Everyone loved Regina’s raspberry jam. No one could get enough of it, either. As fast as Regina could produce it, it’d get bought up and consumed within the first couple days. No matter what she did, demand always outpaced supply.
From the moment that one popular food blogger mentioned her jam, Regina was inundated with orders. Something about the jam was extraordinary. No one could quite put their finger on it, either. People even went so far as to investigate the suppliers of the raspberries to see if they were selling Regina something special, like a hybrid variety or something. Nope. Just regular, organic berries. They were high quality, but nothing you couldn’t find at a Whole Foods or another high-end retailer.
I befriended Regina in the first year of her fame. She was at the library and I screwed up my courage to go talk to her. I’ve always been a foodie and I knew about the jam she made. I’d only tried it once, in a sugar cookie my niece had made, and I had to admit: the stuff was heavenly.
I’d heard around town that Regina was shy and reclusive – even moreso since her brush with fame. Still, I wanted to meet her. I went to her after she’d put her book down and introduced myself. She was pleasant, albeit slightly distant. We got talking, however, and she seemed delighted that I wasn’t asking about the raspberry jam. Quite the contrary; I talked to her about the book she was reading. “Accelerando,” by Charles Stross. One of my favorites. Turned out it was one of hers, too.
We chatted about the book and the characters. She’d read it twice before, but she told me she liked to reread it when she was feeling overwhelmed. She said it helped her escape. It was only then that she hinted at being depressed. She was the first one to mention her job.
“I just can’t make enough jam for people to be happy,” she told me.
I felt guilty, as if I were taking advantage of her candidness. The only reason I’d talked to her in the first place was because of the jam. But she didn’t need to know that. I nodded and let her continue.
“I just put so much of myself into it. So, so much of myself.”
It was then I realized how pale she looked, as if she’d been drained of blood. I worried about her wellbeing.
“Why don’t you just walk away from it?,” I asked. “Or just take a break?”
Regina sighed. “I feel like it’s my identity now. Everyone who loves it has eaten a part of me and… I just…I just worry that someday there won’t be anything left.”
She stood up and shook my hand. “It was really nice meeting you.” She wrote her phone number on a piece of paper. “Call me at some point – I’d love to talk to you about books again.”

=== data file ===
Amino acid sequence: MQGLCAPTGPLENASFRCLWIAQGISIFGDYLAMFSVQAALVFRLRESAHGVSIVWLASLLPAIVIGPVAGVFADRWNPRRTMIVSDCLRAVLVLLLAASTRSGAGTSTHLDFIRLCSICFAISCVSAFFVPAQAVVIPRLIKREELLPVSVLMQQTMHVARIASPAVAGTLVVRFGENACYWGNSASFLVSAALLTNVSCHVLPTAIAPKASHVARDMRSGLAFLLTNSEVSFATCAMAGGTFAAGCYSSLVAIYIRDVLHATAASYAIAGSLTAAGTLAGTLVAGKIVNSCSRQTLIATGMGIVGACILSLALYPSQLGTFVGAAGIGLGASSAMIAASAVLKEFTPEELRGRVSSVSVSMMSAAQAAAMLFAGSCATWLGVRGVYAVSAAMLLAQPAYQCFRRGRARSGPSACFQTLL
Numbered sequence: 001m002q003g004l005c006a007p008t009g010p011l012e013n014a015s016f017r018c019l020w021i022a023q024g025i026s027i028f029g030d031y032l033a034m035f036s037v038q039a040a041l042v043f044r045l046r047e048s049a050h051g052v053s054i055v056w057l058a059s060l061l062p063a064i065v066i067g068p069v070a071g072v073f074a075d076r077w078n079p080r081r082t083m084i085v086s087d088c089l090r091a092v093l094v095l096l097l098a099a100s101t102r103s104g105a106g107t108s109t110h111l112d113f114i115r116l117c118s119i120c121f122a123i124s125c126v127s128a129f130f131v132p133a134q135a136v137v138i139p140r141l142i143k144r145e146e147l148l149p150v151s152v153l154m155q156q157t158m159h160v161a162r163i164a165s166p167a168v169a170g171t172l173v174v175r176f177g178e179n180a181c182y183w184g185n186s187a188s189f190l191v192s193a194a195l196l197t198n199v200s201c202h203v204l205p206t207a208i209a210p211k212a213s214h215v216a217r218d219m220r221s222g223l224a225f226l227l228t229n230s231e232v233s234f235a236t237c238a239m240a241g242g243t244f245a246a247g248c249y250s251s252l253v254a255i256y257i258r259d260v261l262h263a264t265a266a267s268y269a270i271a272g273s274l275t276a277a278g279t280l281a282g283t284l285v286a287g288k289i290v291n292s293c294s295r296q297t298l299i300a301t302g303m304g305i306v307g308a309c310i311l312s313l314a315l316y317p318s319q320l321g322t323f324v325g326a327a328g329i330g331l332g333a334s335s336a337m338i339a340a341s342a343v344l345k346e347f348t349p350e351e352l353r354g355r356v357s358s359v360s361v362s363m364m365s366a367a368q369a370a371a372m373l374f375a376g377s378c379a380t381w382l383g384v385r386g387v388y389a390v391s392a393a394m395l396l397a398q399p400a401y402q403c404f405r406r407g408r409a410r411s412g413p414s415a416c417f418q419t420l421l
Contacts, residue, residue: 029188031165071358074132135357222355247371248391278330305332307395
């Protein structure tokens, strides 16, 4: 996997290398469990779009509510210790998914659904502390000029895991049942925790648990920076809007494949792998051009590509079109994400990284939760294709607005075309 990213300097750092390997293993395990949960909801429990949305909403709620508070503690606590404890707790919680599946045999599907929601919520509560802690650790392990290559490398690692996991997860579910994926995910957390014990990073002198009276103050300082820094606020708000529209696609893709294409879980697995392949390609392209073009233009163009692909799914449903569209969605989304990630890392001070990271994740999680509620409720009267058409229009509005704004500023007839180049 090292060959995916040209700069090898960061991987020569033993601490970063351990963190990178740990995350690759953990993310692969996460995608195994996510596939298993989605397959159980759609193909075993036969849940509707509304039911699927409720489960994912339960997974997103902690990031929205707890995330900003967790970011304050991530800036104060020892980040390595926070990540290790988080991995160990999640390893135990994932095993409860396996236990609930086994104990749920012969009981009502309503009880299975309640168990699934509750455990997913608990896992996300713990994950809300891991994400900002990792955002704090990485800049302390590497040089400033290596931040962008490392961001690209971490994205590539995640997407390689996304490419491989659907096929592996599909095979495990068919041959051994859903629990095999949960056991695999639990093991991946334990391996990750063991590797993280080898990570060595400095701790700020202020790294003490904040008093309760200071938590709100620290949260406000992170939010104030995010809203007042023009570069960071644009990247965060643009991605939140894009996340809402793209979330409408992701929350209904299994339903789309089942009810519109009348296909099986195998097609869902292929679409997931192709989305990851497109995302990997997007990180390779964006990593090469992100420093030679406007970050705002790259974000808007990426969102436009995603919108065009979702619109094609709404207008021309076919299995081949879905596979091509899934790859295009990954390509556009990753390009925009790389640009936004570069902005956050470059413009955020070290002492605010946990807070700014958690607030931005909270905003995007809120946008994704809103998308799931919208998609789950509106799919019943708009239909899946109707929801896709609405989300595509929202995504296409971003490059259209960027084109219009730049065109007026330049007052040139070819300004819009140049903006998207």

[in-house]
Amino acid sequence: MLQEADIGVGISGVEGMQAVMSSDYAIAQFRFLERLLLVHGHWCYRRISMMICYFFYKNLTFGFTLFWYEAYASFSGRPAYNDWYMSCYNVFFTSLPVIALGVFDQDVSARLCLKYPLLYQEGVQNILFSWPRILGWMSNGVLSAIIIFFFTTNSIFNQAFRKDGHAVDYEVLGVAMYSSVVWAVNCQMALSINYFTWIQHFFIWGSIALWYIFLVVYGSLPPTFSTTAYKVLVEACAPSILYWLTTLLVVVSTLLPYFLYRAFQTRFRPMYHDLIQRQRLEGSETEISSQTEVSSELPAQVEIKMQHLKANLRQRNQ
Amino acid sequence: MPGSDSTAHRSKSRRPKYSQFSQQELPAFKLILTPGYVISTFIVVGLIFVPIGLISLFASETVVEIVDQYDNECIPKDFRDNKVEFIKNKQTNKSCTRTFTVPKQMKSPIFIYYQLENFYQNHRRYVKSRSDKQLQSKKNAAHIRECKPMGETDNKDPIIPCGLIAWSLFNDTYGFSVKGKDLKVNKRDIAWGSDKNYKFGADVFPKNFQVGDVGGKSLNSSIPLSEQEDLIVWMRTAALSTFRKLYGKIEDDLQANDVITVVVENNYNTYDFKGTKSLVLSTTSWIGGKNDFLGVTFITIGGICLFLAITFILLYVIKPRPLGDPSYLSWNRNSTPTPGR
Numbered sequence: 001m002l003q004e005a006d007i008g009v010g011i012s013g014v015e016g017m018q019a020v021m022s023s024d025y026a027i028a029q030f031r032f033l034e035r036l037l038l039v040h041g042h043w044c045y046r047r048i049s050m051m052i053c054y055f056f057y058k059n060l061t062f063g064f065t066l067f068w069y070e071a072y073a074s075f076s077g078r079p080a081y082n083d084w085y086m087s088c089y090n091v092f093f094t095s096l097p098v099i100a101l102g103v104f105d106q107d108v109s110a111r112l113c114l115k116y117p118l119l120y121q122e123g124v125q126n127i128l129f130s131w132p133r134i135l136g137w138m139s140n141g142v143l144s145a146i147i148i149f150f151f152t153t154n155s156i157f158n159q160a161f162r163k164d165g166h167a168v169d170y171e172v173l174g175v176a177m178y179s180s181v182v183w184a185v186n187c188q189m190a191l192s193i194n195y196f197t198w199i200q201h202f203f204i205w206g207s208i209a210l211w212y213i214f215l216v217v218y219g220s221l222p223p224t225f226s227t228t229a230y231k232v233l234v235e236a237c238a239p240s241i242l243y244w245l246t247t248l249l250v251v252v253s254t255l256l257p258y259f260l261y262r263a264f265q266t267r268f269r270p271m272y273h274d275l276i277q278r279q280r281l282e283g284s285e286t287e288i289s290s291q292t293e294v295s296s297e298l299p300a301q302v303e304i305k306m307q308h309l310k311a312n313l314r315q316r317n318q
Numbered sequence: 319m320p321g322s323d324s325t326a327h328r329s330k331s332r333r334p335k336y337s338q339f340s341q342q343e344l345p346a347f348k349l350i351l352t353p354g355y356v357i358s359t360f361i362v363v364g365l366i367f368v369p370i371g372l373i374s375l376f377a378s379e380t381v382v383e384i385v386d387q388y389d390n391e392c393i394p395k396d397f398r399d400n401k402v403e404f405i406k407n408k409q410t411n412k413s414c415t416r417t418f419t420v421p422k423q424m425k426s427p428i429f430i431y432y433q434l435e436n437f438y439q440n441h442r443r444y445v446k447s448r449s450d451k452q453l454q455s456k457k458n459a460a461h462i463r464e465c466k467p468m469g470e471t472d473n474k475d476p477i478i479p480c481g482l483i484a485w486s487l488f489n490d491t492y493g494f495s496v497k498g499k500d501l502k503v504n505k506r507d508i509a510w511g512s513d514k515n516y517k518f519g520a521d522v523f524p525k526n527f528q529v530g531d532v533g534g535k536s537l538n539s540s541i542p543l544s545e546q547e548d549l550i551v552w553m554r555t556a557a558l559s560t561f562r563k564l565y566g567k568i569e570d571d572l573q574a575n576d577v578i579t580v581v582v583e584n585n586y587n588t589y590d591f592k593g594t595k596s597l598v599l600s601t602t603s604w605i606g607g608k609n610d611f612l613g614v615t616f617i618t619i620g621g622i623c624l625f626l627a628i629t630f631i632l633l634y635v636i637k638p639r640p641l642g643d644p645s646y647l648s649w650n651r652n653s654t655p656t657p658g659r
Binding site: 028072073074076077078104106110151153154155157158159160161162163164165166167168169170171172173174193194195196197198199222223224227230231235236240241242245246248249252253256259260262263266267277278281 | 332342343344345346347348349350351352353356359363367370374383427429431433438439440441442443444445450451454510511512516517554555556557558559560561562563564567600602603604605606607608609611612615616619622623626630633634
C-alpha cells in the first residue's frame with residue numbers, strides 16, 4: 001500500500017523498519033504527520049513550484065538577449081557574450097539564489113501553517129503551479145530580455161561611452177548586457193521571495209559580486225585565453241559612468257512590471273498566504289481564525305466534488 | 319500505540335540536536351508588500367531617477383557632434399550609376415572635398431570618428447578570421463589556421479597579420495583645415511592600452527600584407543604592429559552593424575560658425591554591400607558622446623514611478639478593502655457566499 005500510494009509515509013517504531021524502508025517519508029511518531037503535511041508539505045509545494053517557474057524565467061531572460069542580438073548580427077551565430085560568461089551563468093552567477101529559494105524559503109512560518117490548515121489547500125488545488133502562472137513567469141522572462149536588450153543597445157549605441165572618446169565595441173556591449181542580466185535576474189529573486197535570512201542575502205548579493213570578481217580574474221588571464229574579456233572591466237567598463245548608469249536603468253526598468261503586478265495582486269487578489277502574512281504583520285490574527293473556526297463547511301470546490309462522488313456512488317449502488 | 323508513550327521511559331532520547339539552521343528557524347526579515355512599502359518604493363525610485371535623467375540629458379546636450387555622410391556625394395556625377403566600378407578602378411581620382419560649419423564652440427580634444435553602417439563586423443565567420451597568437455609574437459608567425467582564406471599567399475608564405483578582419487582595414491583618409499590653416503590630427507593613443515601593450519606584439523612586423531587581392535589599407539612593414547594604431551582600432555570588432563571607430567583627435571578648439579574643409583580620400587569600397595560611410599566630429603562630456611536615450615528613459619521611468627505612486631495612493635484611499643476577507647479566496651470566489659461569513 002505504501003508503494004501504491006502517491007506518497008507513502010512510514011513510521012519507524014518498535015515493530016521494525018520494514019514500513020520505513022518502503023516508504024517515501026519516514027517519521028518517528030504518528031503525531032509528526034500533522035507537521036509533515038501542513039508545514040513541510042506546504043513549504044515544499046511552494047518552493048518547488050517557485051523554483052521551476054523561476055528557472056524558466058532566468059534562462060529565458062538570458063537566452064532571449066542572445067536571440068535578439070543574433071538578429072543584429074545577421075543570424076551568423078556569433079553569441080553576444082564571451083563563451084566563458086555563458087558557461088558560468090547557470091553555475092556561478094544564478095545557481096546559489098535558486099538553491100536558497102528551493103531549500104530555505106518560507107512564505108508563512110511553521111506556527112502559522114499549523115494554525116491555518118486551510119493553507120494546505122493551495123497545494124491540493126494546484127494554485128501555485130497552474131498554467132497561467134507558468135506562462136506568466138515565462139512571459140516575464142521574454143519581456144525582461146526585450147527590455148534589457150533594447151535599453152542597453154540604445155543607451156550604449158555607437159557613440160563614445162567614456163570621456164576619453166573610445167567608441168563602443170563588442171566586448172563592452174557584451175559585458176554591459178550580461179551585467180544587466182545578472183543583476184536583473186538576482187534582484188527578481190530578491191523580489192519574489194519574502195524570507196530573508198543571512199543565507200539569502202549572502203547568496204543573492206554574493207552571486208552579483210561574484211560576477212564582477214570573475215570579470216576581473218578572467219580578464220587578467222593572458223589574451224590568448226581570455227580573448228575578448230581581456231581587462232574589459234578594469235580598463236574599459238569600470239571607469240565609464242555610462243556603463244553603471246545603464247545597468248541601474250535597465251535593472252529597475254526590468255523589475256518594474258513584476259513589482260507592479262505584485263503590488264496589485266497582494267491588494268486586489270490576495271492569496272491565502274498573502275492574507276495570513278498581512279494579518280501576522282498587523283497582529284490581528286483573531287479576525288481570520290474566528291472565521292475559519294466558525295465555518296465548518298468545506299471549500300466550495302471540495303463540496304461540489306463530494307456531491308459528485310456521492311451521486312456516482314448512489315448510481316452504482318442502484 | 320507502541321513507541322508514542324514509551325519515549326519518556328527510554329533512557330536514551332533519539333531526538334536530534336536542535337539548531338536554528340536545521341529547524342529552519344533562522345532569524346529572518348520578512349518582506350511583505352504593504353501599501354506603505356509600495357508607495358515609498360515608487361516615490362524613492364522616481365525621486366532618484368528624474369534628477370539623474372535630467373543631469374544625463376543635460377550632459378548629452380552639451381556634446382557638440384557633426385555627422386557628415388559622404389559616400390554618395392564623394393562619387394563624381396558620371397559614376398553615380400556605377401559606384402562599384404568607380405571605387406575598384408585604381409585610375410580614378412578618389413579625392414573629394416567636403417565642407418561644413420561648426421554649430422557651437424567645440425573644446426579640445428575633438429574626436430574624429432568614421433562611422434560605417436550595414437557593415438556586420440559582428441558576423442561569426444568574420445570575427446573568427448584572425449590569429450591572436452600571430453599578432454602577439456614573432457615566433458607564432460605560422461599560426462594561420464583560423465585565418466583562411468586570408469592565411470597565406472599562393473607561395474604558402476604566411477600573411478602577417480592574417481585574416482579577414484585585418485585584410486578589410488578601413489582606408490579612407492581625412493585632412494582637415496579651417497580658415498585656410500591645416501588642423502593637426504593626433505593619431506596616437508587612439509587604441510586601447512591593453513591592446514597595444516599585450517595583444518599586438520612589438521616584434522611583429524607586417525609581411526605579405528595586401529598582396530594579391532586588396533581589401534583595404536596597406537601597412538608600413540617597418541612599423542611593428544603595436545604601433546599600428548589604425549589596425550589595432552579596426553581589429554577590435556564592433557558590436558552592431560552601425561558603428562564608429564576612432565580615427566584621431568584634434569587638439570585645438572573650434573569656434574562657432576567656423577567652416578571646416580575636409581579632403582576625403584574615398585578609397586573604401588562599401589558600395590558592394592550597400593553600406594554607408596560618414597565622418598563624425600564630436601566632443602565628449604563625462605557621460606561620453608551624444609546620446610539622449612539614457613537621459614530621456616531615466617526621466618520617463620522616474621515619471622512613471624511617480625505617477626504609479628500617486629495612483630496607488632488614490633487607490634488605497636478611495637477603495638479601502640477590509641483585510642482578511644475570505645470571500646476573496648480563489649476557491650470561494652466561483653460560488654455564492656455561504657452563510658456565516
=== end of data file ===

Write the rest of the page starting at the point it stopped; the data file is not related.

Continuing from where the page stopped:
And that’s how my relationship with Regina began. We met many times after that and talked about books and television shows and movies. I’d hesitate to say we ever dated because we never got involved physically, but we’d given each other keys to our respective homes and saw one another almost every night. I felt like more of her confidant than her partner, and I was okay with that.
One evening in March, I called Regina. She didn’t pick up. I knew she’d been working on that month’s supply of jam, so I expected her to be busy. She always called back.
But she didn’t.
The next day, there was an article on the front page of our hometown newspaper talking about how Le Bernardin in New York had started using Regina’s jam. There was a small blurb from a Q&A the paper had had with Regina and she mentioned how she poured her all into the jam. I was so happy for her. I tried to call again. No answer.
Now I was starting to get worried. She usually didn’t wait this long to return my calls.
After another day of waiting, I drove to her house and let myself in. The rooms were quiet. The kitchen was uncharacteristically clean. Usually there were pots and pans and smudges of jam all over the place. Not that time.
I walked around the house, calling her name. No response. I ascended the stairs and looked around. I found her moments later.
Regina had hanged herself from a beam in the closet. From the looks of her, she’d been dead for days. I wrestled with her lifeless body, trying to get her down. I couldn’t. I sobbed as I dialed 911.
As I waited, I saw a note on the bed with my name on it. I opened it, and as tears flooded down my face, read the contents.
“I’m sorry, John. I can’t begin to tell you how much I appreciated your friendship. Had I not met you, this would have happened a long time ago and I never would have gotten to know the feeling of happiness I got when I was with you. But, like I said so many times, I put so much of my energy into my work. The expectations were too high. I knew I couldn’t keep it up forever. Please forgive me. Love, Regina.”